Constructing an Isoflurane Box - Venomous Snake Anesthesia

If your local reptile veterinarian is not initially comfortable with the idea of working with venomous snakes, you might be able to make him or her feel more comfortable by stating that you will bring the animal in a sealed container that will not be opened until the snake is fully anesthetized. All the veterinarian needs to do in order to induce anesthesia is to inject isoflurane into the securely sealed box that already contains your snake.

This is a standard 7 cup, 4.0 liter Rubbermaid container. It has a known volume which is printed on the container itself for easy reference, and a tight fitting lid. Any transparent container of known volume that can be sealed tightly will work well as an induction chamber for venomous snake anesthesia. This is a modification of the "open drop technique" commonly used on laboratory rodents.

The larger and deeper the box, the easier and safer it is for the handler to place a venomous snake inside and close the lid, and the more isoflourane will be needed to produce a 5% concentration of volatile gases inside the chamber. This 4 liter chamber needs 1cc of liquid isoflurane. The formula is .05 ml of isoflurane per 1% concentration per liter. A 1 liter container would need .25cc (one fourth of one cc) to reach a 5% concentration. An eight liter container needs 2cc's.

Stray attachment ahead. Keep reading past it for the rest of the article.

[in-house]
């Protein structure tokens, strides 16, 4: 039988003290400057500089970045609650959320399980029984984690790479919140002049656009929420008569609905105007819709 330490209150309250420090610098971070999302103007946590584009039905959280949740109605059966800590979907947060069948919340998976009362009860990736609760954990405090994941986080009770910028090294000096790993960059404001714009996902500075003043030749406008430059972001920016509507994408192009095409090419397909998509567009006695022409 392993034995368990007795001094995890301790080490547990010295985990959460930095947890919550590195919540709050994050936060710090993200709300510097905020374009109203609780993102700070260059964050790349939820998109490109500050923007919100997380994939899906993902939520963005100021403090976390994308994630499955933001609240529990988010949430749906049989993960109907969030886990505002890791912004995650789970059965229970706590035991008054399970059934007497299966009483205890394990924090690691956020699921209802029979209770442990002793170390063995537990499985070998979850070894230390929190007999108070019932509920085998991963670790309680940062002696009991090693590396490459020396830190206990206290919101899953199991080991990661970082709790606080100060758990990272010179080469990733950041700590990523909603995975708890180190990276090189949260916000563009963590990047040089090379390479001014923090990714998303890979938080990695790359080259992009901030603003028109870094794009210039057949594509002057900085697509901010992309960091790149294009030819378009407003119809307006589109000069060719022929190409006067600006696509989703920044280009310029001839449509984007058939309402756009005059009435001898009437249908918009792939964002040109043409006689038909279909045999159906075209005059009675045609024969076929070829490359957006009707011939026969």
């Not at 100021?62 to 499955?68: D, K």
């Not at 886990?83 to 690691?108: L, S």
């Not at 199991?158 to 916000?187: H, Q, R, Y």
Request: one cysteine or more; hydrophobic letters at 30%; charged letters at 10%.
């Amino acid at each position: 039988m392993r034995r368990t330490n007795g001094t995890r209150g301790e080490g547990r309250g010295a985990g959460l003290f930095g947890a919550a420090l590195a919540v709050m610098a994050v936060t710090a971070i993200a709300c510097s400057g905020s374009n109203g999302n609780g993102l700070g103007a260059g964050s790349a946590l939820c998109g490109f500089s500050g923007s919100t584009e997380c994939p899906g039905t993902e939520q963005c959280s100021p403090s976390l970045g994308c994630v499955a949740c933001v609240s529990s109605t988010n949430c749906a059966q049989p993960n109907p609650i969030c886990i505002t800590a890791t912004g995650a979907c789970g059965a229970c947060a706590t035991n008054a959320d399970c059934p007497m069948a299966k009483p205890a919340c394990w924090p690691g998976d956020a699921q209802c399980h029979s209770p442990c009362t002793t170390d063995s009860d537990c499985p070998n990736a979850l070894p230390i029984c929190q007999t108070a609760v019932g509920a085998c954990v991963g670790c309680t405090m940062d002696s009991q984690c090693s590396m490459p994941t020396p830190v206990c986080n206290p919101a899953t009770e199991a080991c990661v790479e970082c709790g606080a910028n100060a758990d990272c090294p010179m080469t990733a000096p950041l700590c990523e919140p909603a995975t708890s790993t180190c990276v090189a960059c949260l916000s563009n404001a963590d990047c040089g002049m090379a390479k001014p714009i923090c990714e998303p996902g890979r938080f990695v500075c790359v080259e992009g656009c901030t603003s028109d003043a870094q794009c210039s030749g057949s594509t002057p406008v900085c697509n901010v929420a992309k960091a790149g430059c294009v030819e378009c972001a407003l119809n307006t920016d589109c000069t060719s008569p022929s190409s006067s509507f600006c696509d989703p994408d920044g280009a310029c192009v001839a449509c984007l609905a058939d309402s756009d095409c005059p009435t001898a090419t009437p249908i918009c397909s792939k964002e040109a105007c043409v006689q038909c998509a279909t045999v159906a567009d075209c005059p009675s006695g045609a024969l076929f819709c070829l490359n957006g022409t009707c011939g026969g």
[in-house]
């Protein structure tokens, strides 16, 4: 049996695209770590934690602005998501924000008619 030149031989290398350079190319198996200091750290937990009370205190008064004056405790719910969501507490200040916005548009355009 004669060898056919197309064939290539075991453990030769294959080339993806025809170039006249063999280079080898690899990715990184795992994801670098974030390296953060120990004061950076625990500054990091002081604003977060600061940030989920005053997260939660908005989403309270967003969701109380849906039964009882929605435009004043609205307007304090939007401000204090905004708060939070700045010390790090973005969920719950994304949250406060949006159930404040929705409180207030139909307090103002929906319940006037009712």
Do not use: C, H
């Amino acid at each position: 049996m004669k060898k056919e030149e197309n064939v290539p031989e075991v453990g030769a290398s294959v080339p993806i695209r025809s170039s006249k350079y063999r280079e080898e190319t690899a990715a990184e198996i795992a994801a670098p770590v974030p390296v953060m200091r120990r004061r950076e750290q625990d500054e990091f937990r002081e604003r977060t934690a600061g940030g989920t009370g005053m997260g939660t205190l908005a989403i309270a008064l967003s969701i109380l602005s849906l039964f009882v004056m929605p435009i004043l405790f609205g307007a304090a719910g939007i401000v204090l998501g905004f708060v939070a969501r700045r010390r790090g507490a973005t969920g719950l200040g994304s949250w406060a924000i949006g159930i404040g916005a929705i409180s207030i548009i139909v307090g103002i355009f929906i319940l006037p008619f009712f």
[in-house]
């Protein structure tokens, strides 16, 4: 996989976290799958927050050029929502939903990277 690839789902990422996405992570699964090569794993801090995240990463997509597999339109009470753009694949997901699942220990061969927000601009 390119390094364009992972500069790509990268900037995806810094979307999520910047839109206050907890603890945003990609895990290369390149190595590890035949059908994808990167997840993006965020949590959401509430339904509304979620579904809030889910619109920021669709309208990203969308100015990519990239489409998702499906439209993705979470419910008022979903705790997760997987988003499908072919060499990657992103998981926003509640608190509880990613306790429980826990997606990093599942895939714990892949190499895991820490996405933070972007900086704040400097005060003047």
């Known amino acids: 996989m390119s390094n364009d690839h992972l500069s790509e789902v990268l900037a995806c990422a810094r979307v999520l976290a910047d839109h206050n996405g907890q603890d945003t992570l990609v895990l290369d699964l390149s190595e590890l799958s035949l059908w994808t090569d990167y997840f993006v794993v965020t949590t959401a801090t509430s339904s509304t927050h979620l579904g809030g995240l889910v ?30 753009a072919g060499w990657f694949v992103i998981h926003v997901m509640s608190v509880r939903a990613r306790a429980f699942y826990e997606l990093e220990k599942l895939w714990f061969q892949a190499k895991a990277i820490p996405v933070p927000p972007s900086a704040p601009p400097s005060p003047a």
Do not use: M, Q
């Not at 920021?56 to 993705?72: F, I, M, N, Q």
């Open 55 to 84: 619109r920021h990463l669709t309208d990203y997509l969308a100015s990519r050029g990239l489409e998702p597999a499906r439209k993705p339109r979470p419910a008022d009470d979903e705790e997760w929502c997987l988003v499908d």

Prepare the chamber by drilling a tiny hole and taping a cotton ball securely to the inside of the box directly in front of the hole. For a larger chamber you may want to tape a small wire-mesh kitchen strainer to the side of the box to hold several cotton balls. A larger chamber may also have a small fan affixed to one side to better distribute the gas throughout the container. An inexpensive microprocessor fan is adequate for the task and can be purchased at any computer supply store. The chamber should be clean and free of sharp or rough edges that a snake could injure itself on, but it does not need to be sterile. Make sure the chamber is still airtight (or can be made airtight) when you have finished making your modifications. You may find it helpful to seal any holes you have made for wires, switches, etc, with a caulking gun. Be sure to let the compound dry completely before using the box to induce a snake.

Using a hook to manipulate the snake and long hemostats to slide the lid, place your subject in the chamber. If you are a zookeeper needing to secure the animal on your own premises for safe transport to the vet clinic, you should modify the lid so that it has a few small (1") mesh ventilation holes that can be securely duct taped over once your vet is ready to administer the isoflourane. A snake should never be transported in a sealed, non ventilated container. Some clinics will permit you to bring a venomous snake in a properly ventilated container and transfer it on their premises, but other veterinarians will be more comfortable if you bring the animal in a sealed container that will not be opened until the snake is fully anesthetized. Once the snake is inside your mesh ventilated induction chamber, further secure it for transport by duct taping the lid closed. Do not tape over the ventilation holes while the animal is being transported. The chamber can then be placed inside a sturdy lockable container such as a plastic tool box that is also ventilated.